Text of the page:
Required Courses: Chemistry 41, 51 or 57, 52 or 58, 61, 62, 64, and 67.

One additional course selected from among Chemistry 59, 63 or 87; graduate- level courses in chemistry; Biology 23; Engineering Sciences 35; Mathematics 20, 22 or 24, 23, or 33; Physics 19; and with prior written permission, relevant major credit (or graduate-level) courses in other departments in the Division of the Sciences. Chemistry 71, 72 and 73 may be substituted for Chemistry 61, 62 and the one additional course.

A typical arrangement of courses for a Plan A major is given below with possible alternative scheduling in brackets. Courses marked with an asterisk (*) are optional in the sense of the additional (optional) courses above. The Plan B or modified major offers substantially increased flexibility in scheduling.

Year

Summer

Fall

Winter

Spring

1st

Mathematics 3

Chemistry 10†

Chemistry 5

(or 3)

Mathematics 8

[Physics 13]

Chemistry 6

[Mathematics 8]

[Physics 14]

2nd

Chemistry 51

(or 57)

Mathematics 13

Chemistry 52

(or 58)

Physics 13

Physics 14 [Chemistry 41*]

[Chemistry 51]

3rd

[Chemistry 52]

Chemistry 63*

Chemistry 64

Chemistry 71

Chemistry 72 [Chemistry 41*]

4th

Chemistry 87*

Chemistry 73

Chemistry 87*

Chemistry 67*

Chemistry 87*

[Chemistry 41*]

Chemistry 87*

†A student who takes this course would not take Chemistry 3, 5 or 6.

Students considering a Chemistry Department major are strongly encouraged to take Chemistry 5-6 (or 10 or 3-6) in their first year. Students with advanced placement in English, foreign language, or chemistry are urged to consider taking Physics 13-14 during the first year. This is also advisable for those students who delay completion of the language requirement until sophomore year in Language Study Abroad. Students who plan to participate in Language Study Abroad should give early attention to the need for careful curriculum planning. In some cases it may be advisable to postpone the LSA term to the fall term of the junior year. If so, it is necessary to obtain (routine) approval from the Registrar for deferral of completion of the Language requirement.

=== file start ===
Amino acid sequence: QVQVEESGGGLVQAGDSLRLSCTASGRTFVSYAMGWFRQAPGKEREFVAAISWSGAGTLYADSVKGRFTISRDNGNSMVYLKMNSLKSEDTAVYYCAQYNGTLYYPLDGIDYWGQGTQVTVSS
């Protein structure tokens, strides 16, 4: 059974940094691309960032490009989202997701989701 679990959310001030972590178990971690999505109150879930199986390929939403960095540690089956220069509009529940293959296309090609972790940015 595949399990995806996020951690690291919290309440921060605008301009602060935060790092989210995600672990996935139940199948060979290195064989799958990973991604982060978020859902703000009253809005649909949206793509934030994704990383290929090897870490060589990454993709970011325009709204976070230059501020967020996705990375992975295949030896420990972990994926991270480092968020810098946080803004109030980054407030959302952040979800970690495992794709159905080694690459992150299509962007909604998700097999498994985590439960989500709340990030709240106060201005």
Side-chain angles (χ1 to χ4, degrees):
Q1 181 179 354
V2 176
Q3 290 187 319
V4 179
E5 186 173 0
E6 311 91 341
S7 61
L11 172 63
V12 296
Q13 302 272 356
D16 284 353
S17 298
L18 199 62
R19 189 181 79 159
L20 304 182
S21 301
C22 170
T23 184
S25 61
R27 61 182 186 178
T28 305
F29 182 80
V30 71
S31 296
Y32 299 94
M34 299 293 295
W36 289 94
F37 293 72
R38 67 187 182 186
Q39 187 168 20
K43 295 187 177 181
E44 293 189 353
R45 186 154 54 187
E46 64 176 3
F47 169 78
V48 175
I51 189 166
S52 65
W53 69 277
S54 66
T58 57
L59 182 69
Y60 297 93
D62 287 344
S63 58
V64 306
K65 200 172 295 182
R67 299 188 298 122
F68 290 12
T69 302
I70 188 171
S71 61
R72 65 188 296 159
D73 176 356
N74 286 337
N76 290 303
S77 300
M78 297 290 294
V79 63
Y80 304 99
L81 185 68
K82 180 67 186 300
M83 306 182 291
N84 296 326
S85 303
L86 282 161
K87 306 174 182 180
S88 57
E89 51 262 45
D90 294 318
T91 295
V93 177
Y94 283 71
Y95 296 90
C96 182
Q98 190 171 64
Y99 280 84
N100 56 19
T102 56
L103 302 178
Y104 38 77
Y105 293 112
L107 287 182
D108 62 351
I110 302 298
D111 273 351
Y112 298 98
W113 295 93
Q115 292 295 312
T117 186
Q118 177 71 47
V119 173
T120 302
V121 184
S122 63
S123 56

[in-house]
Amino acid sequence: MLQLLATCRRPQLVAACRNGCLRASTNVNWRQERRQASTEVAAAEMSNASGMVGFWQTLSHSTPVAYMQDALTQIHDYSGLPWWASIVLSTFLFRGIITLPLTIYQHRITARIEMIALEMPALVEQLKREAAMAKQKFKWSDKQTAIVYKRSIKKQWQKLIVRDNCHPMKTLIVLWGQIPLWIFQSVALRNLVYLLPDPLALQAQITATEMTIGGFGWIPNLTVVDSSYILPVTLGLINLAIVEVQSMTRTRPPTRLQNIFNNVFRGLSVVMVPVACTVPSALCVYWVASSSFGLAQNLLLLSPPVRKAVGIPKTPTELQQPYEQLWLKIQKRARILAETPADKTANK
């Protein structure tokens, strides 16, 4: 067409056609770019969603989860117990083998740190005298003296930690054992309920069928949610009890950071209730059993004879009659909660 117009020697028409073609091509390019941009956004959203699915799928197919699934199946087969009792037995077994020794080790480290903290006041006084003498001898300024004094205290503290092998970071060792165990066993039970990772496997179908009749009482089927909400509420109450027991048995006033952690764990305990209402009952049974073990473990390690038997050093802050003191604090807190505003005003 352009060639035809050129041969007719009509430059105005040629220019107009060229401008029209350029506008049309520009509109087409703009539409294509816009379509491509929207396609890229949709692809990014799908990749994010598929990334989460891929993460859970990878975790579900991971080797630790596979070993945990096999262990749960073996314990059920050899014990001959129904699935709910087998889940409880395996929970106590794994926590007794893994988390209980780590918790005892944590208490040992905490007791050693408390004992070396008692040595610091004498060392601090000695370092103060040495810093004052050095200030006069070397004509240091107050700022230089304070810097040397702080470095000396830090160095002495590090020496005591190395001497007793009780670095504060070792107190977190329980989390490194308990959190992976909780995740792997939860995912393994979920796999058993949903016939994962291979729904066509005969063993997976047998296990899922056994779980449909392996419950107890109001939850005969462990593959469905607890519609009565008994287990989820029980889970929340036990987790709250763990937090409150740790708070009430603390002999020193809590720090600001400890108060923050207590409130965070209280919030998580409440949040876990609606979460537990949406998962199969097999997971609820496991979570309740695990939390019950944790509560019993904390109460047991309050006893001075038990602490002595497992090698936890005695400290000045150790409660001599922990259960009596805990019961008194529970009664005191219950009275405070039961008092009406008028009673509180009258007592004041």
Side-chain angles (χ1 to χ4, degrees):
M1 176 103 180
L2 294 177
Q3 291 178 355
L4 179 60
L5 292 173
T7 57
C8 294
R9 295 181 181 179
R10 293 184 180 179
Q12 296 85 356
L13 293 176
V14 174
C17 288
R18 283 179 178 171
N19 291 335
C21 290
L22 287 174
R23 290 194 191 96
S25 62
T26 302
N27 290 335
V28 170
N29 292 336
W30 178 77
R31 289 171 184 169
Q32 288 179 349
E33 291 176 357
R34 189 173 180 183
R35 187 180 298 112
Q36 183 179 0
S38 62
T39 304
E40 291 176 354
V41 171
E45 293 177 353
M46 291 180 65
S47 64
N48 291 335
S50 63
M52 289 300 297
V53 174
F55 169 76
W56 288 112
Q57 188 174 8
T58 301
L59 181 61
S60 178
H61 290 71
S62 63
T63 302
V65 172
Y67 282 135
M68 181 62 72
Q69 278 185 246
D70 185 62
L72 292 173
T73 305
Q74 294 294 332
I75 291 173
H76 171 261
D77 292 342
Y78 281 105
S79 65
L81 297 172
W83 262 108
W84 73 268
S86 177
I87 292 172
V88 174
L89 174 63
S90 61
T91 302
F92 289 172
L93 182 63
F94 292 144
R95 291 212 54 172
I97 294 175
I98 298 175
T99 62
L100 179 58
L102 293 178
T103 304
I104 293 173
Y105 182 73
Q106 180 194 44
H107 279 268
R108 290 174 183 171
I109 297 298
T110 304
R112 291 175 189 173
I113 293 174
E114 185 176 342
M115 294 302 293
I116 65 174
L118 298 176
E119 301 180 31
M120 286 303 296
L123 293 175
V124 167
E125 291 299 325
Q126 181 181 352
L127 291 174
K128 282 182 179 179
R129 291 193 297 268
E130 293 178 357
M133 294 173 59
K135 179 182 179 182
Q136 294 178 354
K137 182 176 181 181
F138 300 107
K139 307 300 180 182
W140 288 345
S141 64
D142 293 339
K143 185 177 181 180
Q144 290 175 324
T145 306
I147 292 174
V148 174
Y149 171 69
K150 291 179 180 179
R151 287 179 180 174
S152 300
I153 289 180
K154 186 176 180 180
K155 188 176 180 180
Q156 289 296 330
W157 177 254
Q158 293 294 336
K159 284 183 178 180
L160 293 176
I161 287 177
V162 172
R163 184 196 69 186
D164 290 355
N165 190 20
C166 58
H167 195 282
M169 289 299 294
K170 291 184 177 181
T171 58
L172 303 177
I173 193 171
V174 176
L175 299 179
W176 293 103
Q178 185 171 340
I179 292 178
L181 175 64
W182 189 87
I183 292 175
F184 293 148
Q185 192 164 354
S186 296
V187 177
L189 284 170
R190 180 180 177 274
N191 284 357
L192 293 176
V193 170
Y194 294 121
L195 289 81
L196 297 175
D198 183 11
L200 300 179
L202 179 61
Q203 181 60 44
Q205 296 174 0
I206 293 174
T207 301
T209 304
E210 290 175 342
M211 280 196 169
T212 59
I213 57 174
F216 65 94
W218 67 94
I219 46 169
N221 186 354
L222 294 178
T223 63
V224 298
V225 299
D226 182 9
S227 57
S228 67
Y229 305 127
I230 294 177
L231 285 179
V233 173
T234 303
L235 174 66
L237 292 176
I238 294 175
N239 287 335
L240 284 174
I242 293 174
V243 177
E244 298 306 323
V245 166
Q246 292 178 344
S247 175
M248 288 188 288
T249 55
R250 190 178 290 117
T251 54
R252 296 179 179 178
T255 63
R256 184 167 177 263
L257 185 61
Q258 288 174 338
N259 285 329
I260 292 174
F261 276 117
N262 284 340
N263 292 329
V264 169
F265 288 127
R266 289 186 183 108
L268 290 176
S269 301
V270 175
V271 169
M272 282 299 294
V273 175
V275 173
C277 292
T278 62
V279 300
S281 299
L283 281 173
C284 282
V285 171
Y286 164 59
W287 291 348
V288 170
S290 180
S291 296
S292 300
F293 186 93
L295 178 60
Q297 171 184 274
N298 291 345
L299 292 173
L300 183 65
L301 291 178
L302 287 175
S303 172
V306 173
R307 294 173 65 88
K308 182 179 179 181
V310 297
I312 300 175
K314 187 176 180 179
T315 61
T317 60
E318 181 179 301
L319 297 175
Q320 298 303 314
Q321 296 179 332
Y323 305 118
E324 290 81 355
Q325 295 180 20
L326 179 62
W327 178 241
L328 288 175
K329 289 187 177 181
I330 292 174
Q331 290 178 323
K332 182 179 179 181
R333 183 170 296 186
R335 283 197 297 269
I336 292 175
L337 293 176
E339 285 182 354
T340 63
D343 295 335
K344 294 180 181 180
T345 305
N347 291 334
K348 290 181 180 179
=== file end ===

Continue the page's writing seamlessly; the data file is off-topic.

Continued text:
All Chemistry Department majors have required courses that are to be taken in the junior winter and spring terms. For example, Plan A majors take Chemistry 64 and 71 in the junior winter term followed by Chemistry 72 in their junior spring, while Biophysical Chemistry majors take Chemistry 64 in their junior winter followed by Chemistry 61 in the junior spring term. Plan B majors who elect Chemistry 71 and 72 must take these courses in their junior year. The timing of these courses has important ramifications for the completion of prerequisite courses. As a general guideline, it is recommended that the physics and mathematics prerequisites for these courses, as well as Chemistry 51 or 57, be completed by the end of the sophomore spring term. Specifically, Plan A majors must complete Physics 13 (or 15, or 3 and 4) and Mathematics 13 before they take Chemistry 71, and Plan B and Biophysical Chemistry majors must complete Physics 13 (or 15, or 3 and 4) and Mathematics 8 before they take Chemistry 61. Any changes of courses from those listed on the major card filed with the Department must be approved in writing by a departmental adviser before the course is taken for credit.